In my vision, Hermes bore a lamb wrapped at the shoulders. I was fully aware of him, of his figure in front of me–much taller and with frailer shoulders than I could have imagined. He was a silent man, although he was musical. He was the mediator of my soul.
He was the mediator of my soul, and he wore a lamb wrapped helplessly at the shoulders of his tunic. He didn’t grovel as I did. He stood upright, and he never beckoned, but suggested that I might want to rise from my supine position in the sand. He didn’t bother with the words I wrote there. They were of little interest to him because, despite my ideal, the words didn’t equate to my soul and personage. They weren’t the person who waited at the core of being.
At core, I was the lamb wrapped helplessly at the shoulders of his tunic. I have to say this. I have to proclaim this. Jung was wrong about the animus of my soul. He didn’t desire to usurp me, to overwhelm me with his masculine nature because, more than anybody, he understood the dark side of the soul. He understood the shadow self because he came face to face with it in the desert.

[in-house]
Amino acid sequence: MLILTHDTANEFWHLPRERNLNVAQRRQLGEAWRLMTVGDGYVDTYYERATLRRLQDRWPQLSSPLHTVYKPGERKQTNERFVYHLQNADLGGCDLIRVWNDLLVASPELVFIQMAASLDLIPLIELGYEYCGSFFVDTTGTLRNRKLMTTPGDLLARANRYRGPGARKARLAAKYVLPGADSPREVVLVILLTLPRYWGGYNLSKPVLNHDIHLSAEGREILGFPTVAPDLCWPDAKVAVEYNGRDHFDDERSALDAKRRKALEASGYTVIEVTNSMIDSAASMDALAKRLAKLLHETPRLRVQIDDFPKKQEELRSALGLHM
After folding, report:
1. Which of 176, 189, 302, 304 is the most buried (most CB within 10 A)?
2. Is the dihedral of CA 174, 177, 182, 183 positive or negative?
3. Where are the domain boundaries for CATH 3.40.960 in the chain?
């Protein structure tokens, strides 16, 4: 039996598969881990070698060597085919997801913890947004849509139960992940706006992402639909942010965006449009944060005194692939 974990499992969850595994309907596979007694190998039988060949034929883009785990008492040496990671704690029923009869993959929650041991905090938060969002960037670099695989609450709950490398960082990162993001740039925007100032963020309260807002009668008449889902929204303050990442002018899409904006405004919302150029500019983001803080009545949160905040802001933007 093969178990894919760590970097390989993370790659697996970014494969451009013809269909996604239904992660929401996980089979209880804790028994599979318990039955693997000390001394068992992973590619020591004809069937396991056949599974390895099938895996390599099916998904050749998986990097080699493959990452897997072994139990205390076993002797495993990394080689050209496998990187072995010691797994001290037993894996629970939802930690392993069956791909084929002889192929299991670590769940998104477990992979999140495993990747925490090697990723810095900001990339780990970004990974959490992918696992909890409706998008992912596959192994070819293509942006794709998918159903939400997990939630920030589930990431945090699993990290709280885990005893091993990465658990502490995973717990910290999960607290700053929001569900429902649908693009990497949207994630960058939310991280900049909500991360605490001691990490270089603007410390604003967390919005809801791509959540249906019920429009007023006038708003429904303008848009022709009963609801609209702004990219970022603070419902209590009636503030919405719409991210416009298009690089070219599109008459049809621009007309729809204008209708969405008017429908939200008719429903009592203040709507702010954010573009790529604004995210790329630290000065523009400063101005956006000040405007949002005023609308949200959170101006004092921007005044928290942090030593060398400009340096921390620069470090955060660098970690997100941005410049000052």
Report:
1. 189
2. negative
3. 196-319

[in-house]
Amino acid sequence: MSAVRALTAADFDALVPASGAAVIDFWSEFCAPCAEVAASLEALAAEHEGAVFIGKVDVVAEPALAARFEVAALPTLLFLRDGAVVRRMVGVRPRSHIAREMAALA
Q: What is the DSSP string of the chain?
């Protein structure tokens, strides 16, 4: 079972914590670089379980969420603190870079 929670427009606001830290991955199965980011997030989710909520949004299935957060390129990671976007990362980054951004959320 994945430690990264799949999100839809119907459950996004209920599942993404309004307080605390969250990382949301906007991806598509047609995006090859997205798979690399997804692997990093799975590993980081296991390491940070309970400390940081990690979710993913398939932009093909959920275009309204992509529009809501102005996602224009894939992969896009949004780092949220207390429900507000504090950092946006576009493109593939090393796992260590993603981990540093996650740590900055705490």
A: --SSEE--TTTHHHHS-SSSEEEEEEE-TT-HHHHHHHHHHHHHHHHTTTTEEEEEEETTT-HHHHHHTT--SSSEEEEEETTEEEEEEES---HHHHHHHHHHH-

And my shadow self recognized his presence in my life, distinguished that he was the man who carried me. He carried me out of the cave where I wandered, or believed myself to wander, where I lost myself in darkness. He carried the lantern and led me out. Yes, I admit, for a long time, I didn’t notice the shoulders that bore me–until his hands set me down so that he could carry another. But he was my animus–my Hermes–my shepherd. How could he desert me?
How could he leave me in the shadows of my life? I couldn’t see well enough to make out the pastures, to make out the shadows of the valley of life. Hermes, how could you leave me in a place where the food and water are distant and indecipherable?
What can I decipher, but feelings, needs, wants: my need to wander out of the shadows, perhaps back in the cave where the walls, at least, offer a sense of comfort and closure–because there’s no closure here where there’s no present light for distinguishing a bed. Will you return to me if I play the instrument you left for me? Will you return and lead me through to the daylight if I bark out a few bleating notes?
My bleating voice is a cipher of nonsense, as nonsensical as the sand where I used to scratch out verses. Who am I without you? But he had no words for me, no comfort. I was without him. I was in that way that a human is, in need of a shepherd, and not understanding the words he wouldn’t speak.
The words he wouldn’t speak I spoke, and at that point, my vision of him rose up before me. He was Hermes, a shepherd with a lamb slung over his shoulders. He carried a lamb, and he carried me, but mostly he played his instrument and guided the music that hid itself in my heart. What does it mean to hold onto nothing and to hold onto the image of Hermes at the same moment? What does it mean to understand the words of his heart?
Mediator of my soul–rest in my dreams–light the music my soul longs to sing!